Russell Brown, L.Ac, MTOM, founder & owner
After graduating from UC Berkeley with a degree in journalism, I came home to Los Angeles and enjoyed a career in feature film development. We made some fun movies—like the near-Academy Award-nominated The Fast and the Furious films, Not Another Teen Movie, and Cruel Intentions—and some terrible ones for which I secretly fear I may someday be karmically punished.
I was at breakfast one morning in 2002 when I overheard and then eavesdropped on a conversation at the table next to me where a young woman was talking about how she was about to start school to become an acupuncturist. I’m generally not a risk-taker and never had acupuncture before or even considered it, but something sparked in me. I enrolled at Emperor’s College of Traditional Chinese Medicine the next day, quit my job, graduated summa cum laude with a Master’s degree in TCM, and was licensed by the California State Board of Acupuncture soon after.
I have a fairly different attitude about Chinese medicine than many of my peers. I’m not a hippie and I never was. I don’t own billowy yoga pants. I’ve never heard a Caucasian person say namaste without sounding at least a little bit deranged. And I understand that many of the more typical “love and light” trappings of acupuncture might make some people uncomfortable as patients. That said, I absolutely believe in the power of this ancient medicine.
I believe pain and disease are not inconveniences but communication between your body and your brain. They are the body’s way of signaling for help. Pills and injections often just silence that call. I believe that if the things that you are doing for your health are making you resentful of your health, well, that’s bad medicine. I believe that 100% adherence to every “You should…” health mandate is impossible and unhealthy and makes for a very boring life. Health and medicine should be about electrifying the pursuit of living, not dampening it.
I always come back to this: Forgive yourself. We are all meeting each other at the level of our own inadequacies, running too fast and carrying too much. Lighten your insane expectations and offer yourself, at the very least, the same generosity and compassion you would offer a stranger and, at the very most, the same kindness and forgiveness you would offer the people you love best. You deserve that as much as anyone else.
I treat everything, but areas I treat most include emotional disorders, pain, stress-related conditions, sports injury, and contemporary existential crises.
Appointments available Tuesday through Saturday
Alexandra Bruehl, L.Ac, MTOM
I’ve always been interested in culture and biology, but didn’t always understand the interplay between the two. My childhood was a cultural mash-up: my dad is German, my mom is Peruvian, and I was raised primarily in the States (hablo español und ein bisschen Deutsch). I was drawn to my major, Medical Anthropology, because it examined how the interaction of culture and biology impacts health. I went on to get a Masters in the subject at Emory University.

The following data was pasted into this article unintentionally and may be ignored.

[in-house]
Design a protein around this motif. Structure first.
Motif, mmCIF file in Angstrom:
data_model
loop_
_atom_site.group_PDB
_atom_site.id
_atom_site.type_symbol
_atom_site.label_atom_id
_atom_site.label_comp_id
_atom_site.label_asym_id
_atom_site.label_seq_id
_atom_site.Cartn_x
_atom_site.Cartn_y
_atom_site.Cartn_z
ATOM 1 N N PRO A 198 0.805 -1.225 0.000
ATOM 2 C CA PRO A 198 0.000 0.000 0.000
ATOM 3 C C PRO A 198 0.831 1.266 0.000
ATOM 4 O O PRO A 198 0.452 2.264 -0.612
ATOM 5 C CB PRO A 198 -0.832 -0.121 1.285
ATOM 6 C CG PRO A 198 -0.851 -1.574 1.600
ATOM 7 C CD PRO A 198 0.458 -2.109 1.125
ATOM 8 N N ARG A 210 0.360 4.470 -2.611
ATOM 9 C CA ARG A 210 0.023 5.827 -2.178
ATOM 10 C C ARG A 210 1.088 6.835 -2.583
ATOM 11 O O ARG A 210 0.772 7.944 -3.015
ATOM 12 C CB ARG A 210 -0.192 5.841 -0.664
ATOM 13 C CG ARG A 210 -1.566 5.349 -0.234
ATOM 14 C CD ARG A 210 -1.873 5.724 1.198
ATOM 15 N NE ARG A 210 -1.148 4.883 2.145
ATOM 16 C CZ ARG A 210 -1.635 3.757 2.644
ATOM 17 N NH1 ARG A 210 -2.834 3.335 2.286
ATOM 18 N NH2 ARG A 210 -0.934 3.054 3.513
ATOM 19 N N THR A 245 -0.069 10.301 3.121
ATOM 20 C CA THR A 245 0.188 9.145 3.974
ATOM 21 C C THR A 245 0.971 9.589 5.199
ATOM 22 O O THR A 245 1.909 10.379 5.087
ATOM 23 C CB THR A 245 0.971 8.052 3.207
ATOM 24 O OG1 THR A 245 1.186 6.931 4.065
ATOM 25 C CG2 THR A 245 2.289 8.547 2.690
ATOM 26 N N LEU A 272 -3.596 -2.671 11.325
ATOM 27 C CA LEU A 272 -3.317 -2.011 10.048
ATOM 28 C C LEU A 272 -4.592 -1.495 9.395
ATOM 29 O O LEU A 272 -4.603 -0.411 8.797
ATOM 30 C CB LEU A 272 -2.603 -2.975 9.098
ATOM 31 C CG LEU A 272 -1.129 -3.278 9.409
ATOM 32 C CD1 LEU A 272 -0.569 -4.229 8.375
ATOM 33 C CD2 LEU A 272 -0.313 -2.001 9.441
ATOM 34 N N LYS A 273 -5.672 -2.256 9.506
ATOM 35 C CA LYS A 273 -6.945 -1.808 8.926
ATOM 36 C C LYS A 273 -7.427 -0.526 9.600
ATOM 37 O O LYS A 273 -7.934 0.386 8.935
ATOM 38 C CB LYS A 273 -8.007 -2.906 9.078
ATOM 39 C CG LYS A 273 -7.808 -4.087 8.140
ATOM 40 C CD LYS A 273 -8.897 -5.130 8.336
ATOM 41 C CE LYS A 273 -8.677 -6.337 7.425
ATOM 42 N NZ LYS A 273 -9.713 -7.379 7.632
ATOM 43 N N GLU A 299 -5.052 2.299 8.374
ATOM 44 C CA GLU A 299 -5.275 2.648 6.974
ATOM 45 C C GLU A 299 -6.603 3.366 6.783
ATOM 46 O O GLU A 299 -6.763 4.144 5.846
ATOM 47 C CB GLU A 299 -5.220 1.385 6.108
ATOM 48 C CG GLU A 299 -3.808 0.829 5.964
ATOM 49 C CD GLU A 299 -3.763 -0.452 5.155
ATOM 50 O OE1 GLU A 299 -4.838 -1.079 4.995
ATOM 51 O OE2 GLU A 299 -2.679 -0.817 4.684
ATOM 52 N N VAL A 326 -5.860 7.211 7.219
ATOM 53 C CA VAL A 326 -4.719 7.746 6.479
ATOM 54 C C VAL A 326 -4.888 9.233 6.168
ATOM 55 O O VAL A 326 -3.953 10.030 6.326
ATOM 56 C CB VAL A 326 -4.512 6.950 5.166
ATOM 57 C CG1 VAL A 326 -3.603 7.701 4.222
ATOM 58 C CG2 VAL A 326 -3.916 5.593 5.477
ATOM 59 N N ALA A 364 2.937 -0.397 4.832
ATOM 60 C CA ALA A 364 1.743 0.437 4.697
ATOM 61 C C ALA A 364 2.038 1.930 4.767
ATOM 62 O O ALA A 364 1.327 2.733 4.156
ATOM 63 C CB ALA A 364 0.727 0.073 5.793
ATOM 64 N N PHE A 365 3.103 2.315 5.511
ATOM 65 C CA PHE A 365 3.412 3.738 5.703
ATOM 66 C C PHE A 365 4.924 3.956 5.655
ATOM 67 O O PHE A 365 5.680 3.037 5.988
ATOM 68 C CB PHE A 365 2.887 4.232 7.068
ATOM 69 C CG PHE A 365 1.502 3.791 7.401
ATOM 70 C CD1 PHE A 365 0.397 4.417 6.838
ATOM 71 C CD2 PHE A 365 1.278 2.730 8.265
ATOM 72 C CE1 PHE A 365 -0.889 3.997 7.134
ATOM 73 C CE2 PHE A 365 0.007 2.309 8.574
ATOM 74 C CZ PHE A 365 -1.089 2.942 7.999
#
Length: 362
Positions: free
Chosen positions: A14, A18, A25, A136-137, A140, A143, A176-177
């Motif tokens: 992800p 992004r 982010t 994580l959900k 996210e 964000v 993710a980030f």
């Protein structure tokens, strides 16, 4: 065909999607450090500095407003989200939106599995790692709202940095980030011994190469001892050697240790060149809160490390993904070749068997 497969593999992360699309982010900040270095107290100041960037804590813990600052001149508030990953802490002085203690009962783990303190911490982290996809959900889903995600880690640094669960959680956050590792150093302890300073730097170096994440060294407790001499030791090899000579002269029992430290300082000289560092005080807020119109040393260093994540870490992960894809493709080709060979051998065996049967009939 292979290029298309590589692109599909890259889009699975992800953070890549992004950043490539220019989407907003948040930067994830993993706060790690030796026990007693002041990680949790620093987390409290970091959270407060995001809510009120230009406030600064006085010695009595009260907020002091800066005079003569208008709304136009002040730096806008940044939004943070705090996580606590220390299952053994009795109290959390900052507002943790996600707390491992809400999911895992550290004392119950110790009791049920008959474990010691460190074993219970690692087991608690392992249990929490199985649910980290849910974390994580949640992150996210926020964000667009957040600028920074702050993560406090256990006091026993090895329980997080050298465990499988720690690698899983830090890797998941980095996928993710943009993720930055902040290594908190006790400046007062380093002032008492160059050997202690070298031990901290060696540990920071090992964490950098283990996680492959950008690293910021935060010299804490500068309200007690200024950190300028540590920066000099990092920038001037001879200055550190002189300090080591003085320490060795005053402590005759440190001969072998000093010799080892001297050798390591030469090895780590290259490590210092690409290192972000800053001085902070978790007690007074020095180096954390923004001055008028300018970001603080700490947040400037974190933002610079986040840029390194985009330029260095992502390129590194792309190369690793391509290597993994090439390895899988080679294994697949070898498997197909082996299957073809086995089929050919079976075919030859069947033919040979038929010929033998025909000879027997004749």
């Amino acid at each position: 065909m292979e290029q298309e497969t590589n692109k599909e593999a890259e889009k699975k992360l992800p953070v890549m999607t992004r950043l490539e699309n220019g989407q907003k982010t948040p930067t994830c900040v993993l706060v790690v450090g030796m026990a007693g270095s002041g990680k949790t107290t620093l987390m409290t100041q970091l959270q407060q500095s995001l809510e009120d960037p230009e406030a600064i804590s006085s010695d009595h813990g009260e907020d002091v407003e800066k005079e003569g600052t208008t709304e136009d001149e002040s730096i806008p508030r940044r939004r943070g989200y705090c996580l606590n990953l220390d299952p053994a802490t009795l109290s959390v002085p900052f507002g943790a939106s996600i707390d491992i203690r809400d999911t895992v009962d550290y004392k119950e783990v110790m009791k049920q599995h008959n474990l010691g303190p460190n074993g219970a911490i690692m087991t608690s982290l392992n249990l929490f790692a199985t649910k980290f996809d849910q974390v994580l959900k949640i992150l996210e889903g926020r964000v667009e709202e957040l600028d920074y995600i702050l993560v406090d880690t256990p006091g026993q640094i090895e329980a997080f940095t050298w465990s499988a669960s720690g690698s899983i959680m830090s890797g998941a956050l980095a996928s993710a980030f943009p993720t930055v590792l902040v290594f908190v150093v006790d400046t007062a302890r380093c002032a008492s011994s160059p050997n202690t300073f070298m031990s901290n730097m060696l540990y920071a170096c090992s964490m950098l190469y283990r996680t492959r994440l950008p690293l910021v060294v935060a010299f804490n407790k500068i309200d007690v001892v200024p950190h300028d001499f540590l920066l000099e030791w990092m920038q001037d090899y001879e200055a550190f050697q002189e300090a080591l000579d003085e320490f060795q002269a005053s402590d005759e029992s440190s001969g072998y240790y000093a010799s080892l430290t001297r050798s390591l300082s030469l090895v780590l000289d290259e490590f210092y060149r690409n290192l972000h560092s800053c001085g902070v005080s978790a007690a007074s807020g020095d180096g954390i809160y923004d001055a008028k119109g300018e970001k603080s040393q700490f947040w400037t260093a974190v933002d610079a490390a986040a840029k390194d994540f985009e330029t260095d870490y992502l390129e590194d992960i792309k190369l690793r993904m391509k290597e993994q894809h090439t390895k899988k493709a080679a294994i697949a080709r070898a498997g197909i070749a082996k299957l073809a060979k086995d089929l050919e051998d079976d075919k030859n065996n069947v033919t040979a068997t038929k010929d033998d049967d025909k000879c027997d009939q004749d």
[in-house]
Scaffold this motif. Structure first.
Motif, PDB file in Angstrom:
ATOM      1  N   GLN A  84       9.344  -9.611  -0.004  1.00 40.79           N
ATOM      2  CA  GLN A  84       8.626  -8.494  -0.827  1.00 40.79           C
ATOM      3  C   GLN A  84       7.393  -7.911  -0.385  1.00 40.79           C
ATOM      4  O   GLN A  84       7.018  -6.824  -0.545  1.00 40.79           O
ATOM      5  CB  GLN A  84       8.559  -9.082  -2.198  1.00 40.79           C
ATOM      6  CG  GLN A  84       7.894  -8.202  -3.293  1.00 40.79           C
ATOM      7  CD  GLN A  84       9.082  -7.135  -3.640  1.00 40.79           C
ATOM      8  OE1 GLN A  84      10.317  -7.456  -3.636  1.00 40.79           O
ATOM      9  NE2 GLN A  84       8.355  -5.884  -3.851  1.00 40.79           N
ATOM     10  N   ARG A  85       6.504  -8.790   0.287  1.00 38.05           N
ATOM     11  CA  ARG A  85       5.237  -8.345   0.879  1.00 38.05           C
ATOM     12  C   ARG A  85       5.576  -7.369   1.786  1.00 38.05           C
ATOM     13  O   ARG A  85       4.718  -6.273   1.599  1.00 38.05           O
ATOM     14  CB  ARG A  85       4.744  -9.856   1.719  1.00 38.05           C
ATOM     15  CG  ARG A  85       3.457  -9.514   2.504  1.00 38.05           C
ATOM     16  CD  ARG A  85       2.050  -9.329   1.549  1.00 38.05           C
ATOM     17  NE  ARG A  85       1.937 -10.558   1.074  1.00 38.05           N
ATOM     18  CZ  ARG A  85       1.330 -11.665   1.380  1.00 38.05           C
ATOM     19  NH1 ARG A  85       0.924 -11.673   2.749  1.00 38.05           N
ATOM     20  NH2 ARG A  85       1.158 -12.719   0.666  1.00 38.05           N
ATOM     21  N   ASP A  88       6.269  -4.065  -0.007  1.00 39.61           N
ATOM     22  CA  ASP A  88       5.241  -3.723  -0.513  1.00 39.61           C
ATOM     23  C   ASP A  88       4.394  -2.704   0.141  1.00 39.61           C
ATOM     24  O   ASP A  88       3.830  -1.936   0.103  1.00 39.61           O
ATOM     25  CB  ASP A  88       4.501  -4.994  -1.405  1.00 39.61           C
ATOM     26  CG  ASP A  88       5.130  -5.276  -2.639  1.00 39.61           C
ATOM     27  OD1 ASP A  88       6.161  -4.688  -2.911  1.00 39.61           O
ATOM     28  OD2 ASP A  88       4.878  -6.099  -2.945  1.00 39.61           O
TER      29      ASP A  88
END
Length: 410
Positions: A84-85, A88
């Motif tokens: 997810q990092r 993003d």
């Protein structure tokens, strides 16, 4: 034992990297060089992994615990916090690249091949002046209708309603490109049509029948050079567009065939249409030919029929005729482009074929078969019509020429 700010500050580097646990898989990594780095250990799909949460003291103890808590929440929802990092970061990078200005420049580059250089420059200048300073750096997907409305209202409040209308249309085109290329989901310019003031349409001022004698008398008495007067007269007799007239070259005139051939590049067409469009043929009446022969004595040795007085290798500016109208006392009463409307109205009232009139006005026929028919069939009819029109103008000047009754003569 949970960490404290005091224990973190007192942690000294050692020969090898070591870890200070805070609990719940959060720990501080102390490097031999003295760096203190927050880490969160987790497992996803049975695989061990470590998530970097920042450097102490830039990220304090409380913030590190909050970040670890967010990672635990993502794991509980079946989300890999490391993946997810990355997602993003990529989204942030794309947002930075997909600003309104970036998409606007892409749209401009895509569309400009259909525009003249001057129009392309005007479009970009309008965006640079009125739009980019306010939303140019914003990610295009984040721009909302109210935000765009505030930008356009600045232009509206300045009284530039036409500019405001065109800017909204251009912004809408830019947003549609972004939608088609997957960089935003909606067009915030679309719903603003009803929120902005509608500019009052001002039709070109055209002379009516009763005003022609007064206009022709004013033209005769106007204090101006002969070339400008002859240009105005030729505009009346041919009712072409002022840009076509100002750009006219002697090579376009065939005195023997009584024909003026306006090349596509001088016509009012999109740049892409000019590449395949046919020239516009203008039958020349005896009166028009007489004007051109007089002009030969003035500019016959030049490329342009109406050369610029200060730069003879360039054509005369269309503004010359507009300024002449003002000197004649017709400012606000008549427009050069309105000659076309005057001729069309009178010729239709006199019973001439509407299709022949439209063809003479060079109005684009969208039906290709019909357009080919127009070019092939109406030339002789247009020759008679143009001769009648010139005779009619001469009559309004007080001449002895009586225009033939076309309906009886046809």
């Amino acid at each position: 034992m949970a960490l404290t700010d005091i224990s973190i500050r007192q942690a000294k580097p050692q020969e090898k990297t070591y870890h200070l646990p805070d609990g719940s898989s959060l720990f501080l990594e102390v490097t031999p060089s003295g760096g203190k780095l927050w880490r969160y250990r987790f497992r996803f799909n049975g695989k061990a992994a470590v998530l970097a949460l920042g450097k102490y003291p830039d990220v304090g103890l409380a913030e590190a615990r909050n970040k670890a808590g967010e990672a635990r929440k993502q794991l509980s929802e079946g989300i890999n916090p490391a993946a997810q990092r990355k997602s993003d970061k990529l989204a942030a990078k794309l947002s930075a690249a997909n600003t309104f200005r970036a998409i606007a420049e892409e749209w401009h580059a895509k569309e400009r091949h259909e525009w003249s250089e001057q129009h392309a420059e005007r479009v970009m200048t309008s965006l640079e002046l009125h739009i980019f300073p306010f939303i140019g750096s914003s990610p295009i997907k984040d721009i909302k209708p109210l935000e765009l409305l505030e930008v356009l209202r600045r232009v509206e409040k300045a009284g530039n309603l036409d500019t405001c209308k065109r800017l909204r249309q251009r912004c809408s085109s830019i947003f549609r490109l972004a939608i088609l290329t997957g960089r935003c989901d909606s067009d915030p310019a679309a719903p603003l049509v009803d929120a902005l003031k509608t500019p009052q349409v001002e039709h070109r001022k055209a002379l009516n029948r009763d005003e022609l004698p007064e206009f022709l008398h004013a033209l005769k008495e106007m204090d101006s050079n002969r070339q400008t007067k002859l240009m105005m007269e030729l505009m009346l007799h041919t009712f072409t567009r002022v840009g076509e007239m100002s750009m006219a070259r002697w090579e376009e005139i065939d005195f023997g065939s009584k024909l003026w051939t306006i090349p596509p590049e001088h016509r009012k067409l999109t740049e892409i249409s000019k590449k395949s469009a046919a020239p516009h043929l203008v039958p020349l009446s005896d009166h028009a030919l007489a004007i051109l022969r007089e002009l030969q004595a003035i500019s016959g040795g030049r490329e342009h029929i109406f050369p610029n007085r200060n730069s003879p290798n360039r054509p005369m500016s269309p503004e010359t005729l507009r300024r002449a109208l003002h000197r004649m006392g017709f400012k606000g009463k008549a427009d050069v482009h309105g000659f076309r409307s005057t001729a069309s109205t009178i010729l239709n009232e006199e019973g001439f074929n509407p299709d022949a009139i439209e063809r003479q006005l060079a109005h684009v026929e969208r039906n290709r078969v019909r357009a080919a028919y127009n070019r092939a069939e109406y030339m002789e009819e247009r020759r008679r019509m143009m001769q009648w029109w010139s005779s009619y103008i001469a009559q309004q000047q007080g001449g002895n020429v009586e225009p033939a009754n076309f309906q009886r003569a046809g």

I came to acupuncture by chance. I’d been using Western drugs to stop my migraines, but they had negative side effects and I worried about long-term use. I tried acupuncture and was able to reduce my medication, improving my quality of life exponentially. Recognizing an opportunity to help others, I enrolled at Dongguk University, graduated summa cum laude with a Masters in Oriental Medicine, and started practicing shortly thereafter.
I believe in both Eastern and Western medicine. Both are powerful tools, and you should have as many tools in your kit as possible. What resonates with me about Eastern medicine is that it is more holistic and emphasizes the interplay between physical and emotional health and that both are impacted by the broader environment.
While acupuncturists are trained to treat it all, I am particularly interested in treating migraine/headache, psycho-emotional issues, and pain.
Appointments available Sunday through Thursday
Portia Wilson, L.Ac, MTOM
A lifelong affinity for holistic wellness and the desire to make it more accessible, led Portia down a long and rewarding educational path. After graduating magna cum laude with a Bachelor of Art in Sociology from Howard University in Washington, DC, Portia pursued her holistic graduate studies at the nationally ranked Emperor’s College of Traditional Oriental Medicine in Santa Monica, California. After nearly 5 years of year round full-time study, Portia graduated cum laude with a Master’s in Traditional Oriental Medicine. Her graduate level studies included acupuncture, Chinese & Western herbalism as well as western medical science. Additionally, Portia has studied various forms of therapeutic bodywork including Shiatsu massage.
Stress and anxiety management, pain relief, digestive health, and realignment are areas of expertise, though her education has afforded her the ability to treat a range of conditions from the common cold to chronic ailments.
Portia’s commitment to a heart-centered practice assures not only a high quality of patient care, but also an emphasis on both patient education and patient empowerment. She looks forward to assisting you on your wellness journey.
Appointments available Wednesday, Friday and Saturday